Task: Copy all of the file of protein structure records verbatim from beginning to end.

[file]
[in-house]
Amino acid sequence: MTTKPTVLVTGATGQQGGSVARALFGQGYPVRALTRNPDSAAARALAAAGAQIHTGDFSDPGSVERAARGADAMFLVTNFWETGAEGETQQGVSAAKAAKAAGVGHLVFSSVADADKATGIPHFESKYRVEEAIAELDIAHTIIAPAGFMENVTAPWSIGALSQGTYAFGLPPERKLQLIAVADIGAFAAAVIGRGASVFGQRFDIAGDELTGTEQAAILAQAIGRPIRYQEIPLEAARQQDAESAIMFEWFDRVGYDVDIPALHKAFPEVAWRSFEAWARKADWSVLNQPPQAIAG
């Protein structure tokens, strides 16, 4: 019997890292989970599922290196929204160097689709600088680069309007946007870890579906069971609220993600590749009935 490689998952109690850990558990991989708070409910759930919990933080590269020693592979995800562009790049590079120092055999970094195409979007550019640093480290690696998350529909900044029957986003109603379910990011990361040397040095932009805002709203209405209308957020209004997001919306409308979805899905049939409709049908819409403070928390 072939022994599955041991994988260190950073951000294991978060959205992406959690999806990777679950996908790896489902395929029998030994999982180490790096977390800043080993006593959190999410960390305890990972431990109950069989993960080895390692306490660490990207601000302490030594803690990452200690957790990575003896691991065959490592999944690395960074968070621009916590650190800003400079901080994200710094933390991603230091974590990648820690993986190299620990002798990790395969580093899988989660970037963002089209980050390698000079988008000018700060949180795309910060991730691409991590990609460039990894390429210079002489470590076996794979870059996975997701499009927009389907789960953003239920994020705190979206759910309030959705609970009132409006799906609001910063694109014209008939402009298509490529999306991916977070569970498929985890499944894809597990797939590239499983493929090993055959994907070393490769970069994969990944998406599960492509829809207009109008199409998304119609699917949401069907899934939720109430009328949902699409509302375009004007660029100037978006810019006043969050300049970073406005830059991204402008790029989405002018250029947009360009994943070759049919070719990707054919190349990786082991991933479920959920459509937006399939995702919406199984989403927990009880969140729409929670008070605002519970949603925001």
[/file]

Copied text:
[in-house]
Amino acid sequence: MTTKPTVLVTGATGQQGGSVARALFGQGYPVRALTRNPDSAAARALAAAGAQIHTGDFSDPGSVERAARGADAMFLVTNFWETGAEGETQQGVSAAKAAKAAGVGHLVFSSVADADKATGIPHFESKYRVEEAIAELDIAHTIIAPAGFMENVTAPWSIGALSQGTYAFGLPPERKLQLIAVADIGAFAAAVIGRGASVFGQRFDIAGDELTGTEQAAILAQAIGRPIRYQEIPLEAARQQDAESAIMFEWFDRVGYDVDIPALHKAFPEVAWRSFEAWARKADWSVLNQPPQAIAG
């Protein structure tokens, strides 16, 4: 019997890292989970599922290196929204160097689709600088680069309007946007870890579906069971609220993600590749009935 490689998952109690850990558990991989708070409910759930919990933080590269020693592979995800562009790049590079120092055999970094195409979007550019640093480290690696998350529909900044029957986003109603379910990011990361040397040095932009805002709203209405209308957020209004997001919306409308979805899905049939409709049908819409403070928390 072939022994599955041991994988260190950073951000294991978060959205992406959690999806990777679950996908790896489902395929029998030994999982180490790096977390800043080993006593959190999410960390305890990972431990109950069989993960080895390692306490660490990207601000302490030594803690990452200690957790990575003896691991065959490592999944690395960074968070621009916590650190800003400079901080994200710094933390991603230091974590990648820690993986190299620990002798990790395969580093899988989660970037963002089209980050390698000079988008000018700060949180795309910060991730691409991590990609460039990894390429210079002489470590076996794979870059996975997701499009927009389907789960953003239920994020705190979206759910309030959705609970009132409006799906609001910063694109014209008939402009298509490529999306991916977070569970498929985890499944894809597990797939590239499983493929090993055959994907070393490769970069994969990944998406599960492509829809207009109008199409998304119609699917949401069907899934939720109430009328949902699409509302375009004007660029100037978006810019006043969050300049970073406005830059991204402008790029989405002018250029947009360009994943070759049919070719990707054919190349990786082991991933479920959920459509937006399939995702919406199984989403927990009880969140729409929670008070605002519970949603925001």